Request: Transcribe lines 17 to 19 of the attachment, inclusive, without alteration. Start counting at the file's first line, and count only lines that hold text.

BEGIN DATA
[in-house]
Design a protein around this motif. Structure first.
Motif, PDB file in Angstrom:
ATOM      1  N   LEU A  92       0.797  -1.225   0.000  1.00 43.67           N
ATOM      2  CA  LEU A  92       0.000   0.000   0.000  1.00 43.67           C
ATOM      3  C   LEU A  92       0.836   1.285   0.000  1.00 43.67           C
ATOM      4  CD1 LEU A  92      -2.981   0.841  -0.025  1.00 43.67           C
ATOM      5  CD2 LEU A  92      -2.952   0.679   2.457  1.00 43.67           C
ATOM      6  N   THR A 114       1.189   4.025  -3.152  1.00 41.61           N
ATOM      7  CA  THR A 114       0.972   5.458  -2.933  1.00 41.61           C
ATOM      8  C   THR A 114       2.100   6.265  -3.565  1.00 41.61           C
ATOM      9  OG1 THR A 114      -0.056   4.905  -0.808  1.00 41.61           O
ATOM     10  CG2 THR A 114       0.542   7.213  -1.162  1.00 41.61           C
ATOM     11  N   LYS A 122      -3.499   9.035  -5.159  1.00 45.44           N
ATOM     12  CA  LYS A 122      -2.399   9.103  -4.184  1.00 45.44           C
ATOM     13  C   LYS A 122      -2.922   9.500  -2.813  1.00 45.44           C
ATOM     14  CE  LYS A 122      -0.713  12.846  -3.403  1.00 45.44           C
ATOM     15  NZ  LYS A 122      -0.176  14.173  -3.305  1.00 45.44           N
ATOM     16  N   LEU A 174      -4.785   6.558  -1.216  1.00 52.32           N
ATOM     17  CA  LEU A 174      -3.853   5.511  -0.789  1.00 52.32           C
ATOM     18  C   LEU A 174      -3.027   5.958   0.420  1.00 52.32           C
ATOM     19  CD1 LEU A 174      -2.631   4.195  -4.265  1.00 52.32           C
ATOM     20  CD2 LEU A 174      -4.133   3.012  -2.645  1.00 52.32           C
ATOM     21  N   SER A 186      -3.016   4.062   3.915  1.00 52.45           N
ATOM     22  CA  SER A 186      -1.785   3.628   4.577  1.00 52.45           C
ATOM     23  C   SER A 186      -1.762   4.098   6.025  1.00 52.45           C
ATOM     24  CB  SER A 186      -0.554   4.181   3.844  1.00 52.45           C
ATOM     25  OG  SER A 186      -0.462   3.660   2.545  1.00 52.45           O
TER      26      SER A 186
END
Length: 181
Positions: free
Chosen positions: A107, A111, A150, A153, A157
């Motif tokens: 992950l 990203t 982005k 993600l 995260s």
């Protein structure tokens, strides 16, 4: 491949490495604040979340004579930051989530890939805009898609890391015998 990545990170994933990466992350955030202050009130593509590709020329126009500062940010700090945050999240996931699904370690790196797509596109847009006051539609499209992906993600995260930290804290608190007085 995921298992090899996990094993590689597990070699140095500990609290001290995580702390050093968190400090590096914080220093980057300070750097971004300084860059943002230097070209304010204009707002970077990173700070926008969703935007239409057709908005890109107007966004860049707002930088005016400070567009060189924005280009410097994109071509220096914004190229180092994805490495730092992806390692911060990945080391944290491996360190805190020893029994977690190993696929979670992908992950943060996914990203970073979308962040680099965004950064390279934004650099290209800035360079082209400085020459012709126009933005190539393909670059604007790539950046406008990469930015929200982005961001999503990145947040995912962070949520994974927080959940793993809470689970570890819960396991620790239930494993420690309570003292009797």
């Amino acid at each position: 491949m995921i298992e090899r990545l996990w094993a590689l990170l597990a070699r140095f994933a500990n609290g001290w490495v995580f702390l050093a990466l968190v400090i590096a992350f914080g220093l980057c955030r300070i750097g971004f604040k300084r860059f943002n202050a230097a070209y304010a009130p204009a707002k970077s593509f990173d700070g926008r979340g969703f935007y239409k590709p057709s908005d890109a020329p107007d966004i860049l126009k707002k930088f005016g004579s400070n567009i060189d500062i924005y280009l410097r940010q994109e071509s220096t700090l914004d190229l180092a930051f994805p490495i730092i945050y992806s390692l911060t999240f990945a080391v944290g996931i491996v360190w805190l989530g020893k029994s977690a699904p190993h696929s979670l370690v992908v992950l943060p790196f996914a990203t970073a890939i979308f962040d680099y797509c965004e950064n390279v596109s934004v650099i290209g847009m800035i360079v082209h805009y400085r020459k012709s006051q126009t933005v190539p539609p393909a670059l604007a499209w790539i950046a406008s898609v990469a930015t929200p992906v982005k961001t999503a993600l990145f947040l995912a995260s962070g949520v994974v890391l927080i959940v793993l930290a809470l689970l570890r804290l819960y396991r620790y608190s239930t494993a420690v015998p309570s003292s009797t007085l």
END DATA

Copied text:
ATOM     14  CE  LYS A 122      -0.713  12.846  -3.403  1.00 45.44           C
ATOM     15  NZ  LYS A 122      -0.176  14.173  -3.305  1.00 45.44           N
ATOM     16  N   LEU A 174      -4.785   6.558  -1.216  1.00 52.32           N